Call for Manuscripts
The 2016 Submission Period is now open!
Kaleidoscope: A Graduate Journal of Qualitative Communication Research is accepting manuscripts for volume 16 scheduled for print in Fall 2017.
We are accepting submissions from November 15, 2016 to February 15, 2017.
Submissions must not be under review elsewhere or have appeared in any other published form. Manuscripts should be no longer than 25 pages (double-spaced) or 7,000 words (including notes and references) and can be prepared following MLA, APA, or Chicago style. All submissions should include an abstract of no more than 150 words and have a detached title page listing the author/s’ name, institutional affiliation, and contact information. Authors should remove all identifying references from the manuscript. To be hosted on the Kaleidoscope website, media files should not exceed 220 MB in size. Larger files can be streamed within the Kaleidoscope website but must be hosted externally. Authors must hold rights to any content published in Kaleidoscope, and permission must be granted and documented from all participants in any performance or presentation.
Special Call for Papers: Affirming (Global) Life: Overcoming Divisive Discourses, Remembering What's at Stake, and Doing Something Now
In addition to regular submissions, this year’s issue will feature a special section devoted to scholarly discussions of discourses charged with promoting inequality and xenophobia. 2016 has been a violently tumultuous year of global upheaval that has deeply affected public dialogue about diversity. Black Lives Matter, for example, rose to prominence with protests against the killing of unarmed Black citizens in ways that prompted even the religious blog Patheos to use the word “execution” to describe one example, the shooting of Terrence Crutcher by Officer Betty Shelby (Stone). The Orlando massacre of members of the LGBTQ community at Pulse nightclub gave rise to a rhetorical struggle to contain, clarify, and expand upon arguments about the shooter’s motivations and the implications of calls for policy reactions that struck many as Islamophobic (Green) and/or perpetuating an erasure of the intersectional LGBTQ and Latinx identities of those killed (Brammer). Other examples of such discourses this year included North Carolina’s unconstitutional bathroom laws persecuting trans people; the gender wage gap and overwhelming income disparity systemically oppressing the poor and rewarding the rich; ISIS’s fundamentalist terrorism; the desperate plight of millions of refugees fleeing their war-torn countries in search of life; and the xenophobic, racist, and misogynistic rally speeches by Donald Trump, which caused spikes in violence in the nation’s schools (Costello). 2016 has shaken many of us from any complacent perch that “things are fine the way they are,” and discourse communities from academia to the Internet debate the best ways to respond. For some, this uncertainty about the best way to respond mixes with anger and one longs for a different time “before” now – for the nostalgic comfort of a bygone world that likely never existed. At other times, such concerns stimulate pragmatic hope for different circumstances, prompting proactive efforts to foster transformational changes.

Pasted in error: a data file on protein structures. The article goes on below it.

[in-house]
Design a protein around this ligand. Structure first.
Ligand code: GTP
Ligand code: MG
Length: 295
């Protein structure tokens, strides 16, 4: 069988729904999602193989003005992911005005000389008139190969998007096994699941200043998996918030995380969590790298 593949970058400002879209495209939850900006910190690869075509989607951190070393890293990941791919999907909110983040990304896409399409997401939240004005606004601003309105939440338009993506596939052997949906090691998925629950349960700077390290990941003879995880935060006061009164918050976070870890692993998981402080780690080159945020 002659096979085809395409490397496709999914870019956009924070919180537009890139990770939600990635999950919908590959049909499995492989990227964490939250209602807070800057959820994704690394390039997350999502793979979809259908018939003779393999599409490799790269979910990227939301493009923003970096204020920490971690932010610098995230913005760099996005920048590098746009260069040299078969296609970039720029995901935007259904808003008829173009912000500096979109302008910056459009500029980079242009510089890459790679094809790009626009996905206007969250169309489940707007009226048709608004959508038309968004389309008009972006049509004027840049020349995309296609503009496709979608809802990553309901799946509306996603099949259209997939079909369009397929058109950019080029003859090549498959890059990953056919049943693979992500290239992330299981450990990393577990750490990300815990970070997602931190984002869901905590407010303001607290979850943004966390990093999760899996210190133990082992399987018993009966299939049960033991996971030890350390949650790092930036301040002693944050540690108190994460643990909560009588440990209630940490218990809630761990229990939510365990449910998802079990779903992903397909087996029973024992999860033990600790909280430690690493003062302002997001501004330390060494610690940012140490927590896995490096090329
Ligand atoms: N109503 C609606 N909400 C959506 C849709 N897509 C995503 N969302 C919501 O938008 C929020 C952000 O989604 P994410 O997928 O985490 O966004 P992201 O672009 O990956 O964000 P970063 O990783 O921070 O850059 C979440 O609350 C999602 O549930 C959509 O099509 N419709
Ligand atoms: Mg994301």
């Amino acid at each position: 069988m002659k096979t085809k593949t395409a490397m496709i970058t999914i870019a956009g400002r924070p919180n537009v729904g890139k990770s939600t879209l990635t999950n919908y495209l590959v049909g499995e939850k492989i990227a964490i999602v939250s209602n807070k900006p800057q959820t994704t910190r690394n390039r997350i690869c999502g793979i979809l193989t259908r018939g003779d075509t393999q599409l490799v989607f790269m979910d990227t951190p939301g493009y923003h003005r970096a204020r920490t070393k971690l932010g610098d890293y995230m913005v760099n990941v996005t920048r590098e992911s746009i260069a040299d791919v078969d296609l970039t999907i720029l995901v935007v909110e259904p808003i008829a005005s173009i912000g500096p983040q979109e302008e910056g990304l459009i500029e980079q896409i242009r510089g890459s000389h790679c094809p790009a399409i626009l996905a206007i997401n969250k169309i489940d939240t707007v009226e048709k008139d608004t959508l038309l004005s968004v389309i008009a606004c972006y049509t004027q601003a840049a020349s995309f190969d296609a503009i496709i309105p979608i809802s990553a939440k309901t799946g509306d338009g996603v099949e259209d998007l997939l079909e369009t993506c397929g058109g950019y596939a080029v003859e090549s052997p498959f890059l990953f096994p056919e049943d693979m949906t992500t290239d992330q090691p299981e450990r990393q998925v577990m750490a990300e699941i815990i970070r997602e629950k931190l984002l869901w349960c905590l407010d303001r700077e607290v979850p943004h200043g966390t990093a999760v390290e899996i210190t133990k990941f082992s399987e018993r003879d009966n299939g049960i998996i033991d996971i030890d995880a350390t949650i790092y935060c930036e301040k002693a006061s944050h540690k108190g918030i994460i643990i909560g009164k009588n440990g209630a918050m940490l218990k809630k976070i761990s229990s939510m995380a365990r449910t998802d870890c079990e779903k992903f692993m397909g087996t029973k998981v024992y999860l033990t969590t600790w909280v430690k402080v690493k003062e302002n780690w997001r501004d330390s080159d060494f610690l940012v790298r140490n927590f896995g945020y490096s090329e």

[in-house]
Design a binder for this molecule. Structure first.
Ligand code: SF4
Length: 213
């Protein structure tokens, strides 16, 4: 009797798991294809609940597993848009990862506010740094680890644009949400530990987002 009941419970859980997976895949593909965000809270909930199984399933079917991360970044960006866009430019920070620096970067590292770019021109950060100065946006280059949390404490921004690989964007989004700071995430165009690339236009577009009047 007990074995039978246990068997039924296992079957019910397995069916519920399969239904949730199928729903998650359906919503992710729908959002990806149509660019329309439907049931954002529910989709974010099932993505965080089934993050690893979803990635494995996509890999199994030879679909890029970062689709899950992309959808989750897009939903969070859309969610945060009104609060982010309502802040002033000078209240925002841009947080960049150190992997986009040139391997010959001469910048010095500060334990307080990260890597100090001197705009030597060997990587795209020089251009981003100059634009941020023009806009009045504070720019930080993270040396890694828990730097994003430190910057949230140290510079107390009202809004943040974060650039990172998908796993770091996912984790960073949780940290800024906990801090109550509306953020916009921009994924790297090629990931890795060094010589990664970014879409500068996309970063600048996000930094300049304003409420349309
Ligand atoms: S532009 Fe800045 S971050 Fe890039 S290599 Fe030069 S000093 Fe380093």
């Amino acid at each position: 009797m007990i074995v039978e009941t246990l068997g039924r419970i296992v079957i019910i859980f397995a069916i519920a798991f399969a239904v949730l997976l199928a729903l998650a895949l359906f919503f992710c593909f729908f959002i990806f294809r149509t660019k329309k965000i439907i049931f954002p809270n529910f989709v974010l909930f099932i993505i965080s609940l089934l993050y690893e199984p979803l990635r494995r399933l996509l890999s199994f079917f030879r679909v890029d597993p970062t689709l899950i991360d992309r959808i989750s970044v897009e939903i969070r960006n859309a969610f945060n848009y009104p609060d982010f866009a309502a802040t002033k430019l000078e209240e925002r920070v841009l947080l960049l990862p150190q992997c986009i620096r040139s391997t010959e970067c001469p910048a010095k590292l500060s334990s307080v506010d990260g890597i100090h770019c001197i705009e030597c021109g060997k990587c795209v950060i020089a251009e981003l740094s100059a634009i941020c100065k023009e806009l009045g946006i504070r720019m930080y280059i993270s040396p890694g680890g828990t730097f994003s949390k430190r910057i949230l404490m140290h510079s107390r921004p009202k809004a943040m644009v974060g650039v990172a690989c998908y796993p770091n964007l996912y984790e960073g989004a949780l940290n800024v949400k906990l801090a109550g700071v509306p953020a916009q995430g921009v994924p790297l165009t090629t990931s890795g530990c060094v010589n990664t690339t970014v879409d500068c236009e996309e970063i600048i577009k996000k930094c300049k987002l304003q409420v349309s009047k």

People in the U.S. and around the world are becoming collectively concerned about the future we face. The forces of terrorism, racism, xenophobia, sexism, and unmindful privilege compel many persons to close themselves off from others they perceive as overwhelmingly different in one way or another. These tactics exploit one trait or practice as determining that an entire person or demographic is dangerous and expendable. In U.S. culture especially, fundamental individualism has always been less concerned with an ethics of community than with capitalism and profiteering. But people are not inherently greedy or solipsistic. We are social creatures, vulnerable and interdependent, and we’re all stuck here together. In this (extra)ordinary way, as Levinas tells us, we are always responsible for the other before our sense of self.